August 24, 2016
A samurai plucks arrows from her quiver and looses them toward an enemy before her, peppering the vicious ogre before dropping from her horse, drawing her sword, and moving in for the kill.
Fighting for his life, the gladiator bashes the first swarming goblin with his shield then throws the shield at the next. His sword cleaves a third goblin as he picks up one of their crude spears and uses it to old the mass back as he figures out his next move.
Plumes of smoke erupt from the guns of the small band of musketeers, picking off the flanks of the advancing force of armored knights. They keep in formation, shooting and falling back, until finally the knights number less than they and their swords leap into their hands for the final struggle.
All of these are fighters. Each and every one of them. They all stem from a single, pure ideal. A fantasy of the warrior who is an expert in all forms of warfare and combat. In Dungeons and Dragons, we call that warrior The Fighter.
August 17, 2016
It’s worth watching. This is for video game design but the concepts are applicable with pen and paper design as well. This is also the core method I’m using for examining classes.
Coming soon is Fighters. So stay tuned.
August 8, 2016
To continue discussing the importance of the fantasy in D&D’s design, I’m going to focus on the classes and their impact both in the game and the world the game exists in. Part of the joy and draw of roleplaying games, especially pen and paper roleplaying games, is the theoretical depth of the world they exist in. There’s a living, breathing world behind the heroes’ actions. Since there is a living, breathing world, though, there has to be a place for the heroes’ skills, abilities, and histories in that world. They cannot be entirely divorced from the capabilities of the people around them, and they must represent their power in the story in the mechanics of the game (as the mechanics represent the “physics” of a world, in a way).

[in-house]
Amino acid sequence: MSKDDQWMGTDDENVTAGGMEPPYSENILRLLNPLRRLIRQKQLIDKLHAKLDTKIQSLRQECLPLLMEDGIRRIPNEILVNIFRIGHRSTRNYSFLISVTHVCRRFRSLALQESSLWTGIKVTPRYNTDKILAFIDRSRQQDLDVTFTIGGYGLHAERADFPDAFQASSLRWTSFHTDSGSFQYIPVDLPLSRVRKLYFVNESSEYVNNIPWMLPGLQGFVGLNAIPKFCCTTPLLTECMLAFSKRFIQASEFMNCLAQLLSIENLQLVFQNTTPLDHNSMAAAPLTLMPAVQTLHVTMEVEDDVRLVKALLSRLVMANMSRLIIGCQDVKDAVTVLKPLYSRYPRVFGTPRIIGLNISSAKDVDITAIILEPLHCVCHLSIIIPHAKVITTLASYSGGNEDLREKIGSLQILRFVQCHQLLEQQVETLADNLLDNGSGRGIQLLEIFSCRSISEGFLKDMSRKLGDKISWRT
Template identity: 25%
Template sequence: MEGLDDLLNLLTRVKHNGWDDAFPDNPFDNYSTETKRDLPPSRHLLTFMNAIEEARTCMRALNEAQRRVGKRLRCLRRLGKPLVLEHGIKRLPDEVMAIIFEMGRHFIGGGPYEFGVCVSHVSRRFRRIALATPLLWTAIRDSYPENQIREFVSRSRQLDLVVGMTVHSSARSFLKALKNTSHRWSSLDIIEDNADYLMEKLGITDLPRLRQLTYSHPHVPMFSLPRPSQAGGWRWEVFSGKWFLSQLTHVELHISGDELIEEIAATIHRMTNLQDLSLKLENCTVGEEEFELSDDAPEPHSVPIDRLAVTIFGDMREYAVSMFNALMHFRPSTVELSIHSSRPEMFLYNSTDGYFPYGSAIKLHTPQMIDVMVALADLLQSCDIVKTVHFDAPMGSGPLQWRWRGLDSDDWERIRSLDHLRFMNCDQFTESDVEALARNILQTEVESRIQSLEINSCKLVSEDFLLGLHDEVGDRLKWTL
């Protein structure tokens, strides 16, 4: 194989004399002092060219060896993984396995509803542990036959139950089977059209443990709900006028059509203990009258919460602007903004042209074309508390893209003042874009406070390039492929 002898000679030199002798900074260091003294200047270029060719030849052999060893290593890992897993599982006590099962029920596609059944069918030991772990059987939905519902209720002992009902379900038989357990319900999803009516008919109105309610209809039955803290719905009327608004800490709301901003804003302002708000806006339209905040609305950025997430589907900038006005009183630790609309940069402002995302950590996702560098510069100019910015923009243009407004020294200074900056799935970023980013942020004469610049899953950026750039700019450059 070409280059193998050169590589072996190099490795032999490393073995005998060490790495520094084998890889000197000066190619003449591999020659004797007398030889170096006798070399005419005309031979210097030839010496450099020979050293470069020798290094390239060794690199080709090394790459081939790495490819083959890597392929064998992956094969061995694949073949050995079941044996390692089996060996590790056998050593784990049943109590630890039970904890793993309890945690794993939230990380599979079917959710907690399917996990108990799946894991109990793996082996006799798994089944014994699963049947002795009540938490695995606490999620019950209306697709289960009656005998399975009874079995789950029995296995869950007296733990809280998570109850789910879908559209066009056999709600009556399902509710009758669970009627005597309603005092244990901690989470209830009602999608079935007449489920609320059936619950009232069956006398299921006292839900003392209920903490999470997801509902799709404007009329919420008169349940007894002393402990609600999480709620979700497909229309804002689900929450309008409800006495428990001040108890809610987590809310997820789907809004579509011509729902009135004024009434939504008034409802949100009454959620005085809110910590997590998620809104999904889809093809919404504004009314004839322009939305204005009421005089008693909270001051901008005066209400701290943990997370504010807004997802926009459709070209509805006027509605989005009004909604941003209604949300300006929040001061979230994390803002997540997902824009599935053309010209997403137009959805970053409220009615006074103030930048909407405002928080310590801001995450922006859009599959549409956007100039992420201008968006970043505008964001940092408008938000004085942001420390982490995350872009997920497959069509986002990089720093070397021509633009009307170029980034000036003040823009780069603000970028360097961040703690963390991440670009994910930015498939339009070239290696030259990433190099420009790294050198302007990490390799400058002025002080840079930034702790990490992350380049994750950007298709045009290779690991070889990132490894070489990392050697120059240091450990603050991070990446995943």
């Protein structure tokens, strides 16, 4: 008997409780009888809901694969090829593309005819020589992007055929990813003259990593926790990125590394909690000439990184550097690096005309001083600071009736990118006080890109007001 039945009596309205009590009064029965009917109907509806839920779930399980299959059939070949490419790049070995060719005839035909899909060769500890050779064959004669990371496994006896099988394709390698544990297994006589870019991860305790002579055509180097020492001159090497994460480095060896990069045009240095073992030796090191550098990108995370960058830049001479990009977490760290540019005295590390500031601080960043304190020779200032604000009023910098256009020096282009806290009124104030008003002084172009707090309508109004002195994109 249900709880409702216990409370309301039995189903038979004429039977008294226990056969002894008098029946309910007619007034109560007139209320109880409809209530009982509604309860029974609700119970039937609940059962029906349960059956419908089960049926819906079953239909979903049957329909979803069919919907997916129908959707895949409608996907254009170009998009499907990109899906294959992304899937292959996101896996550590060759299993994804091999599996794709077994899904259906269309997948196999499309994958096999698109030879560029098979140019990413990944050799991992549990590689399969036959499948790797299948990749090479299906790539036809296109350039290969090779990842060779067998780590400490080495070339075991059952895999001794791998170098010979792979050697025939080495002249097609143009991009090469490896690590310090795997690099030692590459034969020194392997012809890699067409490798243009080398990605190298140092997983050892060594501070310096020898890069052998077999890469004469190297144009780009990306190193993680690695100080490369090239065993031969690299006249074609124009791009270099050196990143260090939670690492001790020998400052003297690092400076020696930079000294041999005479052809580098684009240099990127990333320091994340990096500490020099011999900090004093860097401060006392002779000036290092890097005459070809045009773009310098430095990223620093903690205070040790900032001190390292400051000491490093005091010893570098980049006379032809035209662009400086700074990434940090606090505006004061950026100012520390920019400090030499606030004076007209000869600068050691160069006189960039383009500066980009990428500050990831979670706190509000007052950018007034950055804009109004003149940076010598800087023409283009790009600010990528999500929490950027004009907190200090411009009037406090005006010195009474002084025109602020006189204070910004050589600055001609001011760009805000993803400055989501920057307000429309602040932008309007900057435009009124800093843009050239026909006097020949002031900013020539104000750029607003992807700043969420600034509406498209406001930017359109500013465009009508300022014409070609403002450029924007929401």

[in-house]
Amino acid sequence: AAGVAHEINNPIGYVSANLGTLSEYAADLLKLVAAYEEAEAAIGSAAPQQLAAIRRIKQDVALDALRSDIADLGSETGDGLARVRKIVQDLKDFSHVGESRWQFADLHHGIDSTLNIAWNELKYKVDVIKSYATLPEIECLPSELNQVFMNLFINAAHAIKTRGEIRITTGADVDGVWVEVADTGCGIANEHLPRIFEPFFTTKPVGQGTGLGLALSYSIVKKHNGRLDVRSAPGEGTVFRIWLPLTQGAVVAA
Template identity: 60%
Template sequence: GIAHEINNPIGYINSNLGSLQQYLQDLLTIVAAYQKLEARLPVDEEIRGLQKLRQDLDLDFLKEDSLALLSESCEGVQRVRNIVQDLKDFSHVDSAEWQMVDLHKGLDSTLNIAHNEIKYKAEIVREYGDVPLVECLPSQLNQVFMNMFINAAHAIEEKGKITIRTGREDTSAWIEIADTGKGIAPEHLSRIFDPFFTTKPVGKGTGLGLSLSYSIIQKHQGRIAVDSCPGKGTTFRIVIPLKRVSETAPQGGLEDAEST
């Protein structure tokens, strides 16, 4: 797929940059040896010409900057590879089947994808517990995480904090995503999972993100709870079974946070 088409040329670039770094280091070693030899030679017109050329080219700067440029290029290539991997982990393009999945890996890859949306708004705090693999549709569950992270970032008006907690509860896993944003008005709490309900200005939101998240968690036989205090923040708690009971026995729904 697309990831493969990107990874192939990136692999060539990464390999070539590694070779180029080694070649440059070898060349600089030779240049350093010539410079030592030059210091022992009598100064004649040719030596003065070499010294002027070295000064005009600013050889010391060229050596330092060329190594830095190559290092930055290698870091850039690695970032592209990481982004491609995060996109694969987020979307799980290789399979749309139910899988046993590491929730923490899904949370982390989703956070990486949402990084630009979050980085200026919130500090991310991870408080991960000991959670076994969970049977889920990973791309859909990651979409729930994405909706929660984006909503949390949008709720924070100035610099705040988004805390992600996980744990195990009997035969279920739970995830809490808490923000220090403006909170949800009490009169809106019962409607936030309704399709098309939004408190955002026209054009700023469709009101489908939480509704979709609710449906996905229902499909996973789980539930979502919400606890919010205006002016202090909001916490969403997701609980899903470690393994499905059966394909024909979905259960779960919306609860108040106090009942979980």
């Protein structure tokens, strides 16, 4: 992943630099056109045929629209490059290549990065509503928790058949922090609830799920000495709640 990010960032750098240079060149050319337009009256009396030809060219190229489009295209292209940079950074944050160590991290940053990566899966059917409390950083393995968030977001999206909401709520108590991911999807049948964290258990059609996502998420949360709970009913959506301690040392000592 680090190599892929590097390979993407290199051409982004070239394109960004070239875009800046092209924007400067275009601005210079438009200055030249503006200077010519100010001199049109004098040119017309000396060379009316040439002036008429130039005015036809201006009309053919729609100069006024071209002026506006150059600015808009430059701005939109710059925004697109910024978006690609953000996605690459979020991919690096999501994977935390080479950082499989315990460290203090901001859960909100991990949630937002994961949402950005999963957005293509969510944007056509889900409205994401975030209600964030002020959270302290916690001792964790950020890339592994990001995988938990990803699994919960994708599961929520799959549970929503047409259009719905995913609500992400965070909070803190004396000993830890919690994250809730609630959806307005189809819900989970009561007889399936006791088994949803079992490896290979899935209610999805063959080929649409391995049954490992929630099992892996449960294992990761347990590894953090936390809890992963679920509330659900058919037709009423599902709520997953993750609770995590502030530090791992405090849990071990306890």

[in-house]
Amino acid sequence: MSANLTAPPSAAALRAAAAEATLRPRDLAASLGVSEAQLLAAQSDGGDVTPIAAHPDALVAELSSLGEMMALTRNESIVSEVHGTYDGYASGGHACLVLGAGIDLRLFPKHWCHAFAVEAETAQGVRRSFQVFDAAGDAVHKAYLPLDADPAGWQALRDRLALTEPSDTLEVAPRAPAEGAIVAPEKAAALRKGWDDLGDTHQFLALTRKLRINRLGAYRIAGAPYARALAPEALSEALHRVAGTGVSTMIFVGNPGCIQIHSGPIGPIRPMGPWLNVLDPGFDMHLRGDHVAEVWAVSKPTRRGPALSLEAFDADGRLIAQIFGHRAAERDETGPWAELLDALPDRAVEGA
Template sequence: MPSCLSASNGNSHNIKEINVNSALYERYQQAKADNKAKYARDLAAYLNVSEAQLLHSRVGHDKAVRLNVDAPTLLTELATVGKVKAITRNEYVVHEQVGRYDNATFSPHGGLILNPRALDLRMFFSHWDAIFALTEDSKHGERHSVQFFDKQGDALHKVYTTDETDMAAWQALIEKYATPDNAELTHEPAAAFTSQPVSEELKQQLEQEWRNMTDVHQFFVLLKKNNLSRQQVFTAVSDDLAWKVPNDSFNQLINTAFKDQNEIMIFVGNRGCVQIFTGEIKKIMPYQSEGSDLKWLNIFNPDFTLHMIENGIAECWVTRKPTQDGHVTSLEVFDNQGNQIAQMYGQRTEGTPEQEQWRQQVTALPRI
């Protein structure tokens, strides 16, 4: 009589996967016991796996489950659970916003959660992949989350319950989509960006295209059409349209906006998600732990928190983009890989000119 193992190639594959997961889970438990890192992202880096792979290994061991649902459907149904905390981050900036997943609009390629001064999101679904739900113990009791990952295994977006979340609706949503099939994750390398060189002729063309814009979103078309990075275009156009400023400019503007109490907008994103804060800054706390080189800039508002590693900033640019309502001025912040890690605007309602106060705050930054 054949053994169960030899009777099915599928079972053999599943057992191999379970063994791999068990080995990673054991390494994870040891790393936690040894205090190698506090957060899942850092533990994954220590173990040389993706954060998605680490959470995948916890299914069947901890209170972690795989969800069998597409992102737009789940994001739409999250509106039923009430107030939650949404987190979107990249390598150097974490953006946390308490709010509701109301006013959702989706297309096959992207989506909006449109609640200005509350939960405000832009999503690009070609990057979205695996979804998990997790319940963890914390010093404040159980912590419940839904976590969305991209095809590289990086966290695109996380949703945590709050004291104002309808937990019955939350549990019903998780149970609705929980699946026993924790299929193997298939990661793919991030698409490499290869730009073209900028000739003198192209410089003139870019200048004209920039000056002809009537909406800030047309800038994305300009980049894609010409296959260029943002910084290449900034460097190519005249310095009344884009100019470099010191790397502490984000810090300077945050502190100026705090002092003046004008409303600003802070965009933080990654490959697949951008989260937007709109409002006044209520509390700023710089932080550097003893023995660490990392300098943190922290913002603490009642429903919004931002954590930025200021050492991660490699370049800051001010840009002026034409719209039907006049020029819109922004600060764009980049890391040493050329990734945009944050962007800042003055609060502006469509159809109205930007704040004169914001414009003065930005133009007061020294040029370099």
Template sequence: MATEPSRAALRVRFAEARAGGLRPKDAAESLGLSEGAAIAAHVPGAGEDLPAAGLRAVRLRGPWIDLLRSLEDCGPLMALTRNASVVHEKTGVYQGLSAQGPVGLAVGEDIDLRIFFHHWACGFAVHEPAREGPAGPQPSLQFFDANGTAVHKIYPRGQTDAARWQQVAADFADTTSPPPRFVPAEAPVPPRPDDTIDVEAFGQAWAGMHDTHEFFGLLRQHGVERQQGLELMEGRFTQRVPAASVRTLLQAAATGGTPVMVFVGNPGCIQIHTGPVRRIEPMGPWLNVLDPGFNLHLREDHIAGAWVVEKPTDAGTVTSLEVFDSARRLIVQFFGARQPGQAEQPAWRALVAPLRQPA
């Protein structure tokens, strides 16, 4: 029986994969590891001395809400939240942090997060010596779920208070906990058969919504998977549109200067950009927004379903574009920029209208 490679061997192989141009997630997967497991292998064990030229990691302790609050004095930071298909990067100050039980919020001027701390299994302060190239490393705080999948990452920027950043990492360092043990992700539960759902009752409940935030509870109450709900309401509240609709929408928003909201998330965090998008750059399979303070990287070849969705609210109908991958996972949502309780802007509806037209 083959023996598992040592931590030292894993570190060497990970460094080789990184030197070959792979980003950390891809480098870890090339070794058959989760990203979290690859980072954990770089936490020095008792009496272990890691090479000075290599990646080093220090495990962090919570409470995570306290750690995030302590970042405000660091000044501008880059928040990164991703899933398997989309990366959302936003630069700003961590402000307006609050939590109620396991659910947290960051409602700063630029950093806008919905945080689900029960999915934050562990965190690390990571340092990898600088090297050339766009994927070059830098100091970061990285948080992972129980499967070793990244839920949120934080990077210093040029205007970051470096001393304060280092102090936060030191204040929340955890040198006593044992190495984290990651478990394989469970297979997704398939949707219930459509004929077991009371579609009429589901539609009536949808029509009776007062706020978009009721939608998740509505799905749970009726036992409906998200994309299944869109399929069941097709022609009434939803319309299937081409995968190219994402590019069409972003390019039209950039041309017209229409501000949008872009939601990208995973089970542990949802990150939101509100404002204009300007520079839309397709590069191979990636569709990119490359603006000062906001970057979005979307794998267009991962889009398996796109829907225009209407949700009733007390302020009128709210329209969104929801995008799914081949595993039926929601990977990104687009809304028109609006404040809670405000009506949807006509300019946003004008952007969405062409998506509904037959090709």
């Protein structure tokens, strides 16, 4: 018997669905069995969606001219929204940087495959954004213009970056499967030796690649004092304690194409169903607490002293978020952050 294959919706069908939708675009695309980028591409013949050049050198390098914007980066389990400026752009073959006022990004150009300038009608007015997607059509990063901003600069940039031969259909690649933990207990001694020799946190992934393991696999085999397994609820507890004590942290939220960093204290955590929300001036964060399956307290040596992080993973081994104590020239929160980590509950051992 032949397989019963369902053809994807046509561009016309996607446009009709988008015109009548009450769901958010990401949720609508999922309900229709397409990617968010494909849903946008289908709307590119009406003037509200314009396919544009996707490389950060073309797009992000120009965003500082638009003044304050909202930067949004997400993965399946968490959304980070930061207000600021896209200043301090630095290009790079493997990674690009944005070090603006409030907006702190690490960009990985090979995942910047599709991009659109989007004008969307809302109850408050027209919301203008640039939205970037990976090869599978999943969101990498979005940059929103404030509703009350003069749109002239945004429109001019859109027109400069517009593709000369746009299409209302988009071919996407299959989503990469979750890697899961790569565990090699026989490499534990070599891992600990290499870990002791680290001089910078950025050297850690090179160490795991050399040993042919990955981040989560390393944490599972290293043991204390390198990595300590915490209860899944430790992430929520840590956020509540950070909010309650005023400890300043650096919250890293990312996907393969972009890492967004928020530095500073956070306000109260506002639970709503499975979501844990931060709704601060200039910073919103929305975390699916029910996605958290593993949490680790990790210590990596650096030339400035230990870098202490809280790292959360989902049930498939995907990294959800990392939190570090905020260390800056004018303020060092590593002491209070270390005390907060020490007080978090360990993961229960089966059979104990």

Unfortunately, Dungeons and Dragons has always failed on this measure in one way or another. Fifth Edition represents the biggest failure in this fashion.
August 1, 2016
It’s time to shake off my cobwebs and get down to work again. Touche isn’t really going anywhere and I think I’ll talk about another project that’s a lot easier to analyze and dig into. Which is odd since it’s much, much more complicated.
See, I’ve been playing pen and paper RPGs since I was a child. I’ve always been emotionally invested in the opportunity to be someone else – a powerful wizard, a swashbuckling pirate, a fanatical defender of my people, a mad scientist, a humble priest. I’ve been drawn toward all sorts of gaming systems over the years, from the AD&D I started with to the classic World of Darkness that got me into online communities to the new wave of story-oriented systems like FATE and Dungeon World.
Dungeons and Dragons, though, will probably always be special. Besides being my first taste at fantasy roleplaying, it also forms the basis of several of the video games many people love – Icewind Dale, Baldur’s Gate, Neverwinter Nights, Neverwinter, Star Wars: Knights of the Old Republic, The Temple of Elemental Evil, Eye of the Beholder…the list is long and has its own storied history.
I’ve kept up with the edition changes over the years, griping about the things I thought were a problem but mostly seeing the games move forward toward better play and a better understanding of the “D&D Fantasy”, the game’s own unique spin on the high fantasy of Tolkien and Morcock. That is, until 5th edition.
Fifth Edition D&D shoots itself in the foot, so I’m rewriting it.